Metro Council attorney Jon Cooper informed Tennessee State Fairgrounds supporters of a victory they didn’t know they’d already won Tuesday night, when he opined that redevelopment of the property could not take place without another amendment to the Metro Charter.
At a council work session called to give members a chance to publicly discuss the Fairgrounds Master Plan, Cooper was asked to give a legal opinion on the results of the 2011 referendum on the fairgrounds — which passed with 71 percent of the vote — and how they affected what steps the council could take now. His answer would seem to dramatically alter the narrative surround the beleaguered property that has been a source of political and community conflict for several years.
“The Charter amendment approved by the voters in August 2011 included two provisions,” Cooper explained in a follow up email to The City Paper. “The first provision requires all of the activities that were taking place at the fairgrounds as of December 2010 (expo center, flea market, racetrack, etc.) to continue on the property in perpetuity. This means that no redevelopment of the fairgrounds that would involve stopping any of the existing activities could take place without approval of the voters through another amendment to the Charter.”
The general understanding — reflected in, and likely perpetuated by, local media coverage of the issue that was incomplete, at least — had seemed to be that 27 votes from the 40-member council would clear the way for redevelopment. But strictly speaking, that would only be enough to demolish any existing facilities.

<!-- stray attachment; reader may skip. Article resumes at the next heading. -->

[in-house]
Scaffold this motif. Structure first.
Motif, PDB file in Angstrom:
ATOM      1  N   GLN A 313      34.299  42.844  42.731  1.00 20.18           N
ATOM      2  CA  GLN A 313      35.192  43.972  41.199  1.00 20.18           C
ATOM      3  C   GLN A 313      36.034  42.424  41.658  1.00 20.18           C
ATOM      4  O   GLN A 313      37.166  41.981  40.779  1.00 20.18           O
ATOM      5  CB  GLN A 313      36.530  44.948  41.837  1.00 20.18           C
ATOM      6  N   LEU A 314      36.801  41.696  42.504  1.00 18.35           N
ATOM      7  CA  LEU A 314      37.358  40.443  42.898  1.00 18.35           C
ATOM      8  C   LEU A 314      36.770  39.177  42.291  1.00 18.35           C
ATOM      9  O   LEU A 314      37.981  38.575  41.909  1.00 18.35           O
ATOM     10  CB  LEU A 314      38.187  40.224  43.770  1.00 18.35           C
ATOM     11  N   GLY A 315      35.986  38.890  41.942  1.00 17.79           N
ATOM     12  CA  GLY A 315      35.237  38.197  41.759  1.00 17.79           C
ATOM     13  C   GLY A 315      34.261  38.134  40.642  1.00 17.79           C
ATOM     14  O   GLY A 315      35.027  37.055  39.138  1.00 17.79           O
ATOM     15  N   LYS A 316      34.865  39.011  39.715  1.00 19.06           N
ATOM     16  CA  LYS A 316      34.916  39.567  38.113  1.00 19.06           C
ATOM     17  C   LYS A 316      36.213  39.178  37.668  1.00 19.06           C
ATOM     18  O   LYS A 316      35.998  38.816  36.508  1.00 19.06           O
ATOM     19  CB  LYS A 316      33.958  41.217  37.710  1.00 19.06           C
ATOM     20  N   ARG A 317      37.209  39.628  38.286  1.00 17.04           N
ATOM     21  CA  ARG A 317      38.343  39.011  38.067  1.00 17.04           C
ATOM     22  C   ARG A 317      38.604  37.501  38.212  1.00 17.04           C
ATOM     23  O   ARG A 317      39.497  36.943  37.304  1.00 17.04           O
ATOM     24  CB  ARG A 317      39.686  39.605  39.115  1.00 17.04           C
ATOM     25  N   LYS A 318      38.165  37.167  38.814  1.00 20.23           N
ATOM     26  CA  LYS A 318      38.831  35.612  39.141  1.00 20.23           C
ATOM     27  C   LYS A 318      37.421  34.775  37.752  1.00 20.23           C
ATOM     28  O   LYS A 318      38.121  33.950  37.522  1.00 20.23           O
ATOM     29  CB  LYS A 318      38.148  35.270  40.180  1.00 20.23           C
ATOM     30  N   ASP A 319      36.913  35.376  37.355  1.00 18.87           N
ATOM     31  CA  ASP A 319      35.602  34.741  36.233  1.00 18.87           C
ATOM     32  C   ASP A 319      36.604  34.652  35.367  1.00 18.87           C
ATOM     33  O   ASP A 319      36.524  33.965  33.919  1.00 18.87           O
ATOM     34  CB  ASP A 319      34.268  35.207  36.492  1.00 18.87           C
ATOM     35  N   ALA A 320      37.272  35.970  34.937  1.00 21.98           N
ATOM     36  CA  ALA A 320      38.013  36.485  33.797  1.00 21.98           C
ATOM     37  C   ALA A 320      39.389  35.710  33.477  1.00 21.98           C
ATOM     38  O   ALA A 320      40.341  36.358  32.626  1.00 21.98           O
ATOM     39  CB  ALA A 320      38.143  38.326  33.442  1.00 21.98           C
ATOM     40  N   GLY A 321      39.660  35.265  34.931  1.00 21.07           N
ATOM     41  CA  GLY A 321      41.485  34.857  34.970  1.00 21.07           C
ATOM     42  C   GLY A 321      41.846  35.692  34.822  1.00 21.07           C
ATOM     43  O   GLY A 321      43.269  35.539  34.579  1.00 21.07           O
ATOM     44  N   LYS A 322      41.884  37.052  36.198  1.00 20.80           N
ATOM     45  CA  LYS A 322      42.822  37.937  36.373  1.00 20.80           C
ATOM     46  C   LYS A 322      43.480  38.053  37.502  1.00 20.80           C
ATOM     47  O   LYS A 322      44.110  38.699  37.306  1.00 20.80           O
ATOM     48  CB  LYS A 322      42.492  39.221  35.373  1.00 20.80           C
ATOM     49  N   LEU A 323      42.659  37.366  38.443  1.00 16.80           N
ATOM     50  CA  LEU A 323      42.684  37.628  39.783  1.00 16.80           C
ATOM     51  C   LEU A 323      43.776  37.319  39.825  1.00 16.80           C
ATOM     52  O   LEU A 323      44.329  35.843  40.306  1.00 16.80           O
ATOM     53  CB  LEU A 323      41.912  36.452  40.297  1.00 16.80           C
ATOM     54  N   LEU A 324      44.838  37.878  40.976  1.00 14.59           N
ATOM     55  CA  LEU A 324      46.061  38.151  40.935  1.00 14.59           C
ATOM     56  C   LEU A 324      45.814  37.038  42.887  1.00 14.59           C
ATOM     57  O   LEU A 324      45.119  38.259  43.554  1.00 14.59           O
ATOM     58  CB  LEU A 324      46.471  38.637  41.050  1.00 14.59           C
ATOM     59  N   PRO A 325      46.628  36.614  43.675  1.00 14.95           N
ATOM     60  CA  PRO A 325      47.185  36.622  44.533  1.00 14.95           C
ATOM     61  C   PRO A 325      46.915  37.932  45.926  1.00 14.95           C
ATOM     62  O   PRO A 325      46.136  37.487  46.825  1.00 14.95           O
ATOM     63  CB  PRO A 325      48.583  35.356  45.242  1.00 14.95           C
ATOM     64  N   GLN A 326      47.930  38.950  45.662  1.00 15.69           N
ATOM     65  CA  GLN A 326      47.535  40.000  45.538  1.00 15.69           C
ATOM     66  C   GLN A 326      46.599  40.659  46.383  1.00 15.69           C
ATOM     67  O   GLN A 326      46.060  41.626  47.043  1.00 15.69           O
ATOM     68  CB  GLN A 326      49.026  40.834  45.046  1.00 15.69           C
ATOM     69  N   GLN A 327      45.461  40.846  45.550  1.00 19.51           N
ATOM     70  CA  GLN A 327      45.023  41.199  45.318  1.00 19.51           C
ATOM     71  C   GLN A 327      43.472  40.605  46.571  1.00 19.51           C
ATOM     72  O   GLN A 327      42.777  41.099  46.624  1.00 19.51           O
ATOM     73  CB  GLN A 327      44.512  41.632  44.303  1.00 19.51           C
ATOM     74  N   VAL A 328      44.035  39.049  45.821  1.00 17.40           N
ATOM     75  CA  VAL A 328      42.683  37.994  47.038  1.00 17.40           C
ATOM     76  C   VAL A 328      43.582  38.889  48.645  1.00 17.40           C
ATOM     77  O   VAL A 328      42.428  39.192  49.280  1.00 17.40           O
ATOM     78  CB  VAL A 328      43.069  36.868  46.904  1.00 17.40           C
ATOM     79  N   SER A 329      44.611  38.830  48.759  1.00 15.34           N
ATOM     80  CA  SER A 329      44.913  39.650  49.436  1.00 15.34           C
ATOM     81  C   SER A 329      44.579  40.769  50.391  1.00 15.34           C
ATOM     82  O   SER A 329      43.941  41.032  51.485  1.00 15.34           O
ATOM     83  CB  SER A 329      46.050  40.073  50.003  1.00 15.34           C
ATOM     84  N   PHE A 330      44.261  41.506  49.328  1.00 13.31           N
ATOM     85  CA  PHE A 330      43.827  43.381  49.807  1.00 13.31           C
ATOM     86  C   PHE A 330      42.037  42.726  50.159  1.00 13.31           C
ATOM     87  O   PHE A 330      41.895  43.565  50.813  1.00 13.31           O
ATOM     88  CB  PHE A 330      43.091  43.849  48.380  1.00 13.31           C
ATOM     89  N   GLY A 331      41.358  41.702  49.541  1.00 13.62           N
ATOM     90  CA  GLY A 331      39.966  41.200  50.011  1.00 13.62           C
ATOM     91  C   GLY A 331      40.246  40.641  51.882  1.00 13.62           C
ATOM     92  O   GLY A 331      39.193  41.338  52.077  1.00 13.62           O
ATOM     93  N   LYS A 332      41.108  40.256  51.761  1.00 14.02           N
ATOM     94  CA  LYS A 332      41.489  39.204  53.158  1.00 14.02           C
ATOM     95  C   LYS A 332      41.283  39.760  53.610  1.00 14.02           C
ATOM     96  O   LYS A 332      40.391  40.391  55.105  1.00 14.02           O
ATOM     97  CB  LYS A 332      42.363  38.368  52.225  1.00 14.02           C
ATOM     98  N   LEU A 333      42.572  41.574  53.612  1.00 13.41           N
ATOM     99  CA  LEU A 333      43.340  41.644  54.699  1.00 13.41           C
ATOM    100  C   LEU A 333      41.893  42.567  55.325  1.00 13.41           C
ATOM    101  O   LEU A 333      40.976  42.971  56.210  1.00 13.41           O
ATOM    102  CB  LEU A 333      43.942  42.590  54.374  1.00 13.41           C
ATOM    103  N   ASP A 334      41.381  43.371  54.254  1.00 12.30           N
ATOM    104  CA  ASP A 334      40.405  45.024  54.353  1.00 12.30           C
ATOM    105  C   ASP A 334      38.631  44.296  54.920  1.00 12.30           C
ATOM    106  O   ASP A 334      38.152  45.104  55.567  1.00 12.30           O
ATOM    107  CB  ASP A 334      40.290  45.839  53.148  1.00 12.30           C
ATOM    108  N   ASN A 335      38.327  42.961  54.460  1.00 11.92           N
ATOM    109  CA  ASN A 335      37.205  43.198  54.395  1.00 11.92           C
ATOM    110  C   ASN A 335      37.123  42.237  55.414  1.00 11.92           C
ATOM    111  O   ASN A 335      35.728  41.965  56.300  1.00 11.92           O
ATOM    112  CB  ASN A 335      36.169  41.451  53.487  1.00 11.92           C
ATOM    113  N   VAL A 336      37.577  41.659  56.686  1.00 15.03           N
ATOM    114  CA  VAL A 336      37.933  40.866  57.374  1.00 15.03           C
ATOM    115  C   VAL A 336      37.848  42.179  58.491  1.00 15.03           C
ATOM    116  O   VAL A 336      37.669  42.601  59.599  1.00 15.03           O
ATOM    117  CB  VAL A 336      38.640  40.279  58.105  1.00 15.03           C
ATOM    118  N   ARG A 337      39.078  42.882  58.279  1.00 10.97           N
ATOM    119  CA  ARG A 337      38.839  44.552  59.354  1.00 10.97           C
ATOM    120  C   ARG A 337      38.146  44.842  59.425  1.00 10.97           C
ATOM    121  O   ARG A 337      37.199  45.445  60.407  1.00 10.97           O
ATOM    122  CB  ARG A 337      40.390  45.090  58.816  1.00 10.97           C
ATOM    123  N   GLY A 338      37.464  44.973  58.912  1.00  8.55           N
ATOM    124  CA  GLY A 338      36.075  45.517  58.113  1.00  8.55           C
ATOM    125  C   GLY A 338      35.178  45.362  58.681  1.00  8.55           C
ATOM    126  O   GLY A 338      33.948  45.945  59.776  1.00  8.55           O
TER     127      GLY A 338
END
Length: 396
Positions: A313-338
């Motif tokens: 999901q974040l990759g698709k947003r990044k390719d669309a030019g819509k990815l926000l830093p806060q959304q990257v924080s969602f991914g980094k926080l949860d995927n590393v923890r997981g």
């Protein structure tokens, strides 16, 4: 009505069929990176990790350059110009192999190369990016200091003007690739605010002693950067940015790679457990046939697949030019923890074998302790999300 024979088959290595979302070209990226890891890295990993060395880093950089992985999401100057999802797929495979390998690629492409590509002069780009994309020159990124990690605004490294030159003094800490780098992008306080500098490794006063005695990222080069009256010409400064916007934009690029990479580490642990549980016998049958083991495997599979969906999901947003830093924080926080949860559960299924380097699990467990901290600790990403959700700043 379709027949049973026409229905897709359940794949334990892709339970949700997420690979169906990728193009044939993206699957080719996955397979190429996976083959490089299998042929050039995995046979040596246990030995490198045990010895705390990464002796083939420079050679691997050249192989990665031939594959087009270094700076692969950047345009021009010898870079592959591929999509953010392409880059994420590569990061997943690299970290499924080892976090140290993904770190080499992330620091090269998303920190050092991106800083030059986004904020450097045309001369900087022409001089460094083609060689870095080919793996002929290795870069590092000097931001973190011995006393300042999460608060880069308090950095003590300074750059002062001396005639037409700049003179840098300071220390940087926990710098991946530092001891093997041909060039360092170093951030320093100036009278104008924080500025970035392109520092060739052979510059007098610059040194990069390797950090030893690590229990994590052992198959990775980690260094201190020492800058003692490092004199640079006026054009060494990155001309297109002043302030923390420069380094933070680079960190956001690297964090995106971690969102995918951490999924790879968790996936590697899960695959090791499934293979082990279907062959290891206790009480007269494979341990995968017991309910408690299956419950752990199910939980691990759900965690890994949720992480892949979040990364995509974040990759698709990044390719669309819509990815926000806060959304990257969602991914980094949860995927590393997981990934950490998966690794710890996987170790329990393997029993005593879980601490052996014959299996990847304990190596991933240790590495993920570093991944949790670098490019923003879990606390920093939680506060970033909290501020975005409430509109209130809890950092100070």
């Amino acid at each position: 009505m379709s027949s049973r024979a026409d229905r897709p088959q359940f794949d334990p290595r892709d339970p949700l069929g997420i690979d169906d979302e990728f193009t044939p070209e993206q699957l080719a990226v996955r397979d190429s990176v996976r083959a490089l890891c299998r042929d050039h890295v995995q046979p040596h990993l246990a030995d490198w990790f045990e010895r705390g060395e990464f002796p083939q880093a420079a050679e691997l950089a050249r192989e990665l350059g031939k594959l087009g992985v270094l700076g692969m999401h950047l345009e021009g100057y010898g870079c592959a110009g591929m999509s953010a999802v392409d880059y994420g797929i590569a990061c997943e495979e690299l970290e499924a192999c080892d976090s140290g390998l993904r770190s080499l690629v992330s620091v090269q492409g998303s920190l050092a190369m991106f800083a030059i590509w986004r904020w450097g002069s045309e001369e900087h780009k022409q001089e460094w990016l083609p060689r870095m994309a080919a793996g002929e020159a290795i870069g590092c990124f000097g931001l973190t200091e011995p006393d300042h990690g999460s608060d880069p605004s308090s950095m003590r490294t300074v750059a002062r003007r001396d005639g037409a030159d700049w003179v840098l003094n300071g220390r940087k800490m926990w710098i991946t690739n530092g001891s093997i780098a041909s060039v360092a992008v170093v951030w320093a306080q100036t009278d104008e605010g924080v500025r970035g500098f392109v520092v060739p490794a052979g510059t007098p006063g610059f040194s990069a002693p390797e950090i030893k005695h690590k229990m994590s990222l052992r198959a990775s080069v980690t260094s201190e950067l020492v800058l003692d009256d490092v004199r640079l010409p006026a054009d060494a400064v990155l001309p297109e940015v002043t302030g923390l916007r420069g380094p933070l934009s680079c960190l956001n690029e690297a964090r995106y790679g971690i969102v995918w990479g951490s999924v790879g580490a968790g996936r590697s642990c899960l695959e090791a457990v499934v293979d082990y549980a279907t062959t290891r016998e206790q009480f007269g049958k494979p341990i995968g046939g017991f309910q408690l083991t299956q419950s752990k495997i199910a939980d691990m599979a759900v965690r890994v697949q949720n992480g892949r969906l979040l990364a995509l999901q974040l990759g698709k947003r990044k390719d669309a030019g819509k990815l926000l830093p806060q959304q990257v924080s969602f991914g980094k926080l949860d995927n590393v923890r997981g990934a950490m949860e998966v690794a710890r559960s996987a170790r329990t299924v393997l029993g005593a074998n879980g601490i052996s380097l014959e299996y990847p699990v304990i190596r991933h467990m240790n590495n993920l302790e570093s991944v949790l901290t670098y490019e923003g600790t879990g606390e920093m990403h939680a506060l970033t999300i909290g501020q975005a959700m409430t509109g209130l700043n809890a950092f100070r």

“The second part of the Charter amendment prohibits demolition of any of the existing facilities without approval of the Council with 27 votes,” Cooper explained. “So, the plain language of the amendment indicates the 27 vote provision is limited to demolition of existing structures. It seems the public perception has been that the Council can redevelop the fairgrounds with 27 votes. But that is not the way the Charter reads.”
Rick Williams, a lobbyist with the group Save Our Fairgrounds, said he and other supporters were “ecstatic.”
“We were never aware that it would take as much as a Charter amendment to change the uses there,” Williams said. “And with his opinion being that strong in favor of keeping everything there, that’s a big victory for Save Our Fairgrounds.”
The Fairgrounds Master Plan was commissioned as part of a compromise passed in 2011 that stopped plans to demolish the Fairgrounds Speedway. It contains various scenarios for preserving and upgrading the existing facilities, as well as plans for private redevelopment of the property — the latter of which would seem to be much less likely in light of the referendum as it is now fully understood.